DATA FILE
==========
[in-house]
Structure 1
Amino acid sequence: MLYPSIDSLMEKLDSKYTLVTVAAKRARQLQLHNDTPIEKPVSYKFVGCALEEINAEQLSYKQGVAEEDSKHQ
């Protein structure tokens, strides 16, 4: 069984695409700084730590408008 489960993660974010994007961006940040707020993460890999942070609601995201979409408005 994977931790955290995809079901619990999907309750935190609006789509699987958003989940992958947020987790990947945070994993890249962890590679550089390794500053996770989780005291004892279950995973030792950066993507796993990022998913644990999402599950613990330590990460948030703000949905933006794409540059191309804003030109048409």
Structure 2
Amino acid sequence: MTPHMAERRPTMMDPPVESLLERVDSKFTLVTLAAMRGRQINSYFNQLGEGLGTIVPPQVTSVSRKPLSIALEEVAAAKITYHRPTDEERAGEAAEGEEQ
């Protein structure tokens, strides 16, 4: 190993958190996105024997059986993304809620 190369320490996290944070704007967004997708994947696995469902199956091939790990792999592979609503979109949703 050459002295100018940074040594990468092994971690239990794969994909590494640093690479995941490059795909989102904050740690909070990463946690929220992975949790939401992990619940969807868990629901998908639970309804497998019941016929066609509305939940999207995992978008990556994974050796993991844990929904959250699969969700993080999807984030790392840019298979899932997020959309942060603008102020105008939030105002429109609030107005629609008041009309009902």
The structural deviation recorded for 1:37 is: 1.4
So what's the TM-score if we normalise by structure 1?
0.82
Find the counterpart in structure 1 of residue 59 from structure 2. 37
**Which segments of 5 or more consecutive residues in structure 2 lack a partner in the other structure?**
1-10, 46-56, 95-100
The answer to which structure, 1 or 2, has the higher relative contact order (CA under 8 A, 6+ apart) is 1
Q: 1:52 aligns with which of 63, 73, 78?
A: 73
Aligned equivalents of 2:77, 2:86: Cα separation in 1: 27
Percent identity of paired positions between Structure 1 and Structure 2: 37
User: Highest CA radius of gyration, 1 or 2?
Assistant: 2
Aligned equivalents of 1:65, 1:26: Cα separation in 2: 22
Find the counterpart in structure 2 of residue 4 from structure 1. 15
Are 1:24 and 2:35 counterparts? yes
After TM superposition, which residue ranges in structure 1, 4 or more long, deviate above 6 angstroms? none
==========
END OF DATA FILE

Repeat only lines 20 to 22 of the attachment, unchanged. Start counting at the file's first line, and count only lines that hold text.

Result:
Assistant: 2
Aligned equivalents of 1:65, 1:26: Cα separation in 2: 22
Find the counterpart in structure 2 of residue 4 from structure 1. 15